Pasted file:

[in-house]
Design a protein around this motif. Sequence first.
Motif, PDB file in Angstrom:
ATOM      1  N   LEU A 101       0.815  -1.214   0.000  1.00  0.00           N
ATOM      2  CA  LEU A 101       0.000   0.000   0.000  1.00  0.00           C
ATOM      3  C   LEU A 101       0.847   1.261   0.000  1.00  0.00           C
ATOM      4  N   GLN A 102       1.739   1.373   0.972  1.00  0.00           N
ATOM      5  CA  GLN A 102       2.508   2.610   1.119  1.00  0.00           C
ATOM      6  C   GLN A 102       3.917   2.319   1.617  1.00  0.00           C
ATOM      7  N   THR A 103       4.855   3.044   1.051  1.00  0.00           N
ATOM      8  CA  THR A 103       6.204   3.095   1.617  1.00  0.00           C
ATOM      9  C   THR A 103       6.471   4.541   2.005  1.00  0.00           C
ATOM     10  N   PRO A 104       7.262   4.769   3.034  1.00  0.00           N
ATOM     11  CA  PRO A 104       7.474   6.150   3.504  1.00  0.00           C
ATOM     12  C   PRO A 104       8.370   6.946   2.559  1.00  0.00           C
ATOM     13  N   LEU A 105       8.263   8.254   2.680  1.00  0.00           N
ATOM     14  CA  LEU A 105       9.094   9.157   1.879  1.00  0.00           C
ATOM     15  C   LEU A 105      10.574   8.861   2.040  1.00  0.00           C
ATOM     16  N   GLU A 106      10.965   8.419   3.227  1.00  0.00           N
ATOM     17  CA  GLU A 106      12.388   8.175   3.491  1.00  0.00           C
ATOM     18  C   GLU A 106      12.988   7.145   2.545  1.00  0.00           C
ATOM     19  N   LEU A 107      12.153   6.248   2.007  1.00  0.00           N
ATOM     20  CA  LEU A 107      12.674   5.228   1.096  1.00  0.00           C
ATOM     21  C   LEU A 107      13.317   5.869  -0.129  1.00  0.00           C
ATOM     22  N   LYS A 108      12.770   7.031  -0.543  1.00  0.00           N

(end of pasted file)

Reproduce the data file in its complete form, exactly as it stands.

[in-house]
Design a protein around this motif. Sequence first.
Motif, PDB file in Angstrom:
ATOM      1  N   LEU A 101       0.815  -1.214   0.000  1.00  0.00           N
ATOM      2  CA  LEU A 101       0.000   0.000   0.000  1.00  0.00           C
ATOM      3  C   LEU A 101       0.847   1.261   0.000  1.00  0.00           C
ATOM      4  N   GLN A 102       1.739   1.373   0.972  1.00  0.00           N
ATOM      5  CA  GLN A 102       2.508   2.610   1.119  1.00  0.00           C
ATOM      6  C   GLN A 102       3.917   2.319   1.617  1.00  0.00           C
ATOM      7  N   THR A 103       4.855   3.044   1.051  1.00  0.00           N
ATOM      8  CA  THR A 103       6.204   3.095   1.617  1.00  0.00           C
ATOM      9  C   THR A 103       6.471   4.541   2.005  1.00  0.00           C
ATOM     10  N   PRO A 104       7.262   4.769   3.034  1.00  0.00           N
ATOM     11  CA  PRO A 104       7.474   6.150   3.504  1.00  0.00           C
ATOM     12  C   PRO A 104       8.370   6.946   2.559  1.00  0.00           C
ATOM     13  N   LEU A 105       8.263   8.254   2.680  1.00  0.00           N
ATOM     14  CA  LEU A 105       9.094   9.157   1.879  1.00  0.00           C
ATOM     15  C   LEU A 105      10.574   8.861   2.040  1.00  0.00           C
ATOM     16  N   GLU A 106      10.965   8.419   3.227  1.00  0.00           N
ATOM     17  CA  GLU A 106      12.388   8.175   3.491  1.00  0.00           C
ATOM     18  C   GLU A 106      12.988   7.145   2.545  1.00  0.00           C
ATOM     19  N   LEU A 107      12.153   6.248   2.007  1.00  0.00           N
ATOM     20  CA  LEU A 107      12.674   5.228   1.096  1.00  0.00           C
ATOM     21  C   LEU A 107      13.317   5.869  -0.129  1.00  0.00           C
ATOM     22  N   LYS A 108      12.770   7.031  -0.543  1.00  0.00           N